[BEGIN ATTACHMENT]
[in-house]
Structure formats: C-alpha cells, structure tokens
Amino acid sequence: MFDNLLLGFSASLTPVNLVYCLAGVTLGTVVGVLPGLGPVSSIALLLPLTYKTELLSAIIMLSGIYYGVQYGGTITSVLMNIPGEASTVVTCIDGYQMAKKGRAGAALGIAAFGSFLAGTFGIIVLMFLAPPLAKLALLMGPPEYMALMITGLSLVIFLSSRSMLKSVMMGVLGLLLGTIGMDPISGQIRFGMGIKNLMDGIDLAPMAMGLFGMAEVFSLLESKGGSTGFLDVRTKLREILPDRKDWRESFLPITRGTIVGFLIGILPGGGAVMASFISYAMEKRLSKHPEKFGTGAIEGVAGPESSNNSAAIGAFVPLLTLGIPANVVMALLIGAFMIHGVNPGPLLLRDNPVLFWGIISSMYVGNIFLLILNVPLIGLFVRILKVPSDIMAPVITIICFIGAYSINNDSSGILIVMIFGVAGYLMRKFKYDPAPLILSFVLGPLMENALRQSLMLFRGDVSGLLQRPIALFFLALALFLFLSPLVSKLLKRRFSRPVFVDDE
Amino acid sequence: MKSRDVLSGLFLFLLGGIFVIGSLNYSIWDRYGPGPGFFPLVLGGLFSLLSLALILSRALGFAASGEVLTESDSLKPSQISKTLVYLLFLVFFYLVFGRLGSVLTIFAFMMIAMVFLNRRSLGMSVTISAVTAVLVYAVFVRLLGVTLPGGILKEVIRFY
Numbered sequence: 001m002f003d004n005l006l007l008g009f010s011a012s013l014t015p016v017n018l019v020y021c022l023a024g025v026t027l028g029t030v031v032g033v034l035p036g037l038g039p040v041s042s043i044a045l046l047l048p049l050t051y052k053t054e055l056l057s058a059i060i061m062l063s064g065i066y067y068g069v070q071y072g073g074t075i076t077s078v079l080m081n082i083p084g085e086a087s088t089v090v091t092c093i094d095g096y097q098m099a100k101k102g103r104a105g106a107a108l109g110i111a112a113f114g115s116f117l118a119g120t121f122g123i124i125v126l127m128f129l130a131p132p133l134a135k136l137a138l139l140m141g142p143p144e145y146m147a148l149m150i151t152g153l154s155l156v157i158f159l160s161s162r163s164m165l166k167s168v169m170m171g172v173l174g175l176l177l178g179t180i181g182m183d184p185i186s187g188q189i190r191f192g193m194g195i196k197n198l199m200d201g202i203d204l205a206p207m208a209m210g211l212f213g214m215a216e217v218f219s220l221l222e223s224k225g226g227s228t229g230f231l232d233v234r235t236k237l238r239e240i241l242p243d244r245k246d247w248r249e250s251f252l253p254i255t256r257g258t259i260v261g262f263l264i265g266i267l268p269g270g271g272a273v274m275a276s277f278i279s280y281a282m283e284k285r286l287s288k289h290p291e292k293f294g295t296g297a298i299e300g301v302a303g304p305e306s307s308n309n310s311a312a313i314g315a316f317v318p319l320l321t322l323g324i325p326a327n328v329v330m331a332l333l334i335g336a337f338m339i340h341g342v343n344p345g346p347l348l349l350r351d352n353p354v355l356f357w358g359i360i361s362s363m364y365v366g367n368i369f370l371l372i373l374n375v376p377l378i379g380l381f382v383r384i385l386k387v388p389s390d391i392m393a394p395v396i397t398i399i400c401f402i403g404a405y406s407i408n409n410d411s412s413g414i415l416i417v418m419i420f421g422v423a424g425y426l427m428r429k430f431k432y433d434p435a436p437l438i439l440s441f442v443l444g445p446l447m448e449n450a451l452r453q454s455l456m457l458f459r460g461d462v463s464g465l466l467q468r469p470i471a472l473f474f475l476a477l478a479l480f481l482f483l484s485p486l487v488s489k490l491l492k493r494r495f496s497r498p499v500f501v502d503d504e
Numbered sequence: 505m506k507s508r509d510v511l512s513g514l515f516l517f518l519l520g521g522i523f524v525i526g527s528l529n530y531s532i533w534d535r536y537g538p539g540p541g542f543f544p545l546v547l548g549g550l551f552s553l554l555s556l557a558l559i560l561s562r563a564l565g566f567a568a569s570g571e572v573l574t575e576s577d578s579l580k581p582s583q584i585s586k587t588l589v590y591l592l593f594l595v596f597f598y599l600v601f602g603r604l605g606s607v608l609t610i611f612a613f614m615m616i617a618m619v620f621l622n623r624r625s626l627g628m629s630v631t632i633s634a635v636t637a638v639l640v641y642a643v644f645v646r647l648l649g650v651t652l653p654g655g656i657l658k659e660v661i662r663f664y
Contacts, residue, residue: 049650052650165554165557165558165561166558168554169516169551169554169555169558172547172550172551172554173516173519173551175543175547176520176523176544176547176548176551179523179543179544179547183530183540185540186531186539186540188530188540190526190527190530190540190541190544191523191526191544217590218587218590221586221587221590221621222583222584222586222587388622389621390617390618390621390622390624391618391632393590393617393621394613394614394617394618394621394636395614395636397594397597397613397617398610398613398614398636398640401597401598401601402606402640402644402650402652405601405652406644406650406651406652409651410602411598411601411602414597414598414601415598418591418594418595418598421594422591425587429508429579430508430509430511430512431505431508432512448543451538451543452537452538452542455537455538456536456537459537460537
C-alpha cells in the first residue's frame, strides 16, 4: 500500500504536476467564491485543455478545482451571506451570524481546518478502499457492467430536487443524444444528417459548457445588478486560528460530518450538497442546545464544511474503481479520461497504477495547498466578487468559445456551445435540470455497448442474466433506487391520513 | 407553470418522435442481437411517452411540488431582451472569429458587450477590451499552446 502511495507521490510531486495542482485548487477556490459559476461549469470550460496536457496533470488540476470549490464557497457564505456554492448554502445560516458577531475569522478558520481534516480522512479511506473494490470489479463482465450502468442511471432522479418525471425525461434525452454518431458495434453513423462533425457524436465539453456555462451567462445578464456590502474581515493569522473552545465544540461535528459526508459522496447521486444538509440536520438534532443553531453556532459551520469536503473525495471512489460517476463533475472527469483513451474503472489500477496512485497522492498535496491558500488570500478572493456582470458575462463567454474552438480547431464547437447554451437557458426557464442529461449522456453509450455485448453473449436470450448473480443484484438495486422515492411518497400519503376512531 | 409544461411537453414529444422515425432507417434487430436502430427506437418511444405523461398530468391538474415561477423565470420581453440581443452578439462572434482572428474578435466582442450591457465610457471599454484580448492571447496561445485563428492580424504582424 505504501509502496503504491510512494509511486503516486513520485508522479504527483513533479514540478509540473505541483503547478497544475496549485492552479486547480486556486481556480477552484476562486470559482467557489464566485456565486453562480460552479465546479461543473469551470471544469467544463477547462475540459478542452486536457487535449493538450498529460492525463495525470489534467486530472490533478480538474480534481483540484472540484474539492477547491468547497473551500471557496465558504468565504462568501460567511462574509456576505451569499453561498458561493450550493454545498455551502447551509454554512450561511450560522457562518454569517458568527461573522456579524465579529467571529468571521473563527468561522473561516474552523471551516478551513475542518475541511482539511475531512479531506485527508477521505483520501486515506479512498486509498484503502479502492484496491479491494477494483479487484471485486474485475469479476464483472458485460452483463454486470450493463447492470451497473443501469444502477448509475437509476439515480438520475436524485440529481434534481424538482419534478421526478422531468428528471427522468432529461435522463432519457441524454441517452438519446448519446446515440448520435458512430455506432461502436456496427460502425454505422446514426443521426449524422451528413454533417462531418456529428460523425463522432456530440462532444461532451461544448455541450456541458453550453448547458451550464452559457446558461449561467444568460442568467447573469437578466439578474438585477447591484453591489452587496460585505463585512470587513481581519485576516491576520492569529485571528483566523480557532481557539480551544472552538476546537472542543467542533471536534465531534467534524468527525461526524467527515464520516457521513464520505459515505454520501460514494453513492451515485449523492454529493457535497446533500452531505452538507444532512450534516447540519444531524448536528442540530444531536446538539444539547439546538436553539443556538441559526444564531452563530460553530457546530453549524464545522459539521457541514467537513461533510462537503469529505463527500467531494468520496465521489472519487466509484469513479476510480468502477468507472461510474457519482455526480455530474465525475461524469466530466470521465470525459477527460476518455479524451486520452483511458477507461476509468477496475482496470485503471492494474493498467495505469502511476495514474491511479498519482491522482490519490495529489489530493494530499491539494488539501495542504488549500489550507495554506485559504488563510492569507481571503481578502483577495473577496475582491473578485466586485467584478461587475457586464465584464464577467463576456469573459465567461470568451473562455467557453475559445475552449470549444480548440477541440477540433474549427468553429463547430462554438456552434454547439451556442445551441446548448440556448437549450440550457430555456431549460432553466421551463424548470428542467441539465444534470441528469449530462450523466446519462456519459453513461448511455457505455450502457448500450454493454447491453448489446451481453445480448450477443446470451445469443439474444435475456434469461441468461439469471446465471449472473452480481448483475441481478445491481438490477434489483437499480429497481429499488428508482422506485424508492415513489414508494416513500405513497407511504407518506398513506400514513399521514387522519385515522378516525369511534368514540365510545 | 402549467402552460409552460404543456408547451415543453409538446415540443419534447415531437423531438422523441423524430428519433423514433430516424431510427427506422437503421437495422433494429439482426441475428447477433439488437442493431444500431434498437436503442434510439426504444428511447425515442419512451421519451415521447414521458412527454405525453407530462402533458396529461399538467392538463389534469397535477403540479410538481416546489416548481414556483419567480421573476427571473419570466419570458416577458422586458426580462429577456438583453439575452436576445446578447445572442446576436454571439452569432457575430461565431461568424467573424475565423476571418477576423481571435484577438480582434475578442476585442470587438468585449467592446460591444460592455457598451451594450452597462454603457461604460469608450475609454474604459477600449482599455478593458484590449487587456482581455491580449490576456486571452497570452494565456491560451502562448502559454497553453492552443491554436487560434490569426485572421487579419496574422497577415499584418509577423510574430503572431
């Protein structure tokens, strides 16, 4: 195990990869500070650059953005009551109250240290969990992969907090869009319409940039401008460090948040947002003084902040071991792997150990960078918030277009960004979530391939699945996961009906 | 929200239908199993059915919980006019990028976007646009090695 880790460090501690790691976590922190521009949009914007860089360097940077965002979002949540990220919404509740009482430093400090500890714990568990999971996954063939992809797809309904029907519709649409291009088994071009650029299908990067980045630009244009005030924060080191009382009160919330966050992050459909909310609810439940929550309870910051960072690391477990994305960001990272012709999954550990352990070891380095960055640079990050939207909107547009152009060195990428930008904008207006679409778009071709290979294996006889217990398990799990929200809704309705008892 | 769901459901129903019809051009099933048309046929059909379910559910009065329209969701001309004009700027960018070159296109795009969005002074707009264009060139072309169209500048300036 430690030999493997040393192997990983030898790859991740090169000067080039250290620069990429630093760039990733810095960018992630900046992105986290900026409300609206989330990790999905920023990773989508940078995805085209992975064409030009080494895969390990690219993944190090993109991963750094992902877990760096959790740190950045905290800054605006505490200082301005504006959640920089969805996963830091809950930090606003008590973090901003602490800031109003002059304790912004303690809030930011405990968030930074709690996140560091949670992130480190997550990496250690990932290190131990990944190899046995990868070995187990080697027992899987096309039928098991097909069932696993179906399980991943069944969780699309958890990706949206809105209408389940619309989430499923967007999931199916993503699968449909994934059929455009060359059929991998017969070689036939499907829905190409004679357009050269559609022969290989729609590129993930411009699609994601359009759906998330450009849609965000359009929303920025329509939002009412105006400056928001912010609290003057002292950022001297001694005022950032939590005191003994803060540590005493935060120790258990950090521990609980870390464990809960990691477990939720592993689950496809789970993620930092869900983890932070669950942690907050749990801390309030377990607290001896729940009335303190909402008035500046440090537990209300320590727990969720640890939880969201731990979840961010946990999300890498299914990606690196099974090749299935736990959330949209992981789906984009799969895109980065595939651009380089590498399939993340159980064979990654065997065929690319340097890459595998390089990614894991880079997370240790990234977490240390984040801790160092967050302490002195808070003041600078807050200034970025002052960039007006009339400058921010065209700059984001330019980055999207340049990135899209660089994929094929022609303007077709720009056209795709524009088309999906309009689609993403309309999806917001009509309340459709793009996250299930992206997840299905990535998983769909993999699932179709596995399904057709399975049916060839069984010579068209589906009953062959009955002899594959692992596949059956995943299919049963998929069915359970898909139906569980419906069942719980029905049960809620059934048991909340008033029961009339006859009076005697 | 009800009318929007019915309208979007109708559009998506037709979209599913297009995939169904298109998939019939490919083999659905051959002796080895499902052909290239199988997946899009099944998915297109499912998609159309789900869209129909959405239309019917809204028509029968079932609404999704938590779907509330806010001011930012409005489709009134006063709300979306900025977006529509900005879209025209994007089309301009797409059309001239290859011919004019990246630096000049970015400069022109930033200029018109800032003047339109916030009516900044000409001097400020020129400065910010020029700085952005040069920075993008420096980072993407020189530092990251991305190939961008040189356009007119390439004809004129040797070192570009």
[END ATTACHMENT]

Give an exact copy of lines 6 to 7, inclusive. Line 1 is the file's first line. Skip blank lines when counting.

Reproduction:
Numbered sequence: 505m506k507s508r509d510v511l512s513g514l515f516l517f518l519l520g521g522i523f524v525i526g527s528l529n530y531s532i533w534d535r536y537g538p539g540p541g542f543f544p545l546v547l548g549g550l551f552s553l554l555s556l557a558l559i560l561s562r563a564l565g566f567a568a569s570g571e572v573l574t575e576s577d578s579l580k581p582s583q584i585s586k587t588l589v590y591l592l593f594l595v596f597f598y599l600v601f602g603r604l605g606s607v608l609t610i611f612a613f614m615m616i617a618m619v620f621l622n623r624r625s626l627g628m629s630v631t632i633s634a635v636t637a638v639l640v641y642a643v644f645v646r647l648l649g650v651t652l653p654g655g656i657l658k659e660v661i662r663f664y
Contacts, residue, residue: 049650052650165554165557165558165561166558168554169516169551169554169555169558172547172550172551172554173516173519173551175543175547176520176523176544176547176548176551179523179543179544179547183530183540185540186531186539186540188530188540190526190527190530190540190541190544191523191526191544217590218587218590221586221587221590221621222583222584222586222587388622389621390617390618390621390622390624391618391632393590393617393621394613394614394617394618394621394636395614395636397594397597397613397617398610398613398614398636398640401597401598401601402606402640402644402650402652405601405652406644406650406651406652409651410602411598411601411602414597414598414601415598418591418594418595418598421594422591425587429508429579430508430509430511430512431505431508432512448543451538451543452537452538452542455537455538456536456537459537460537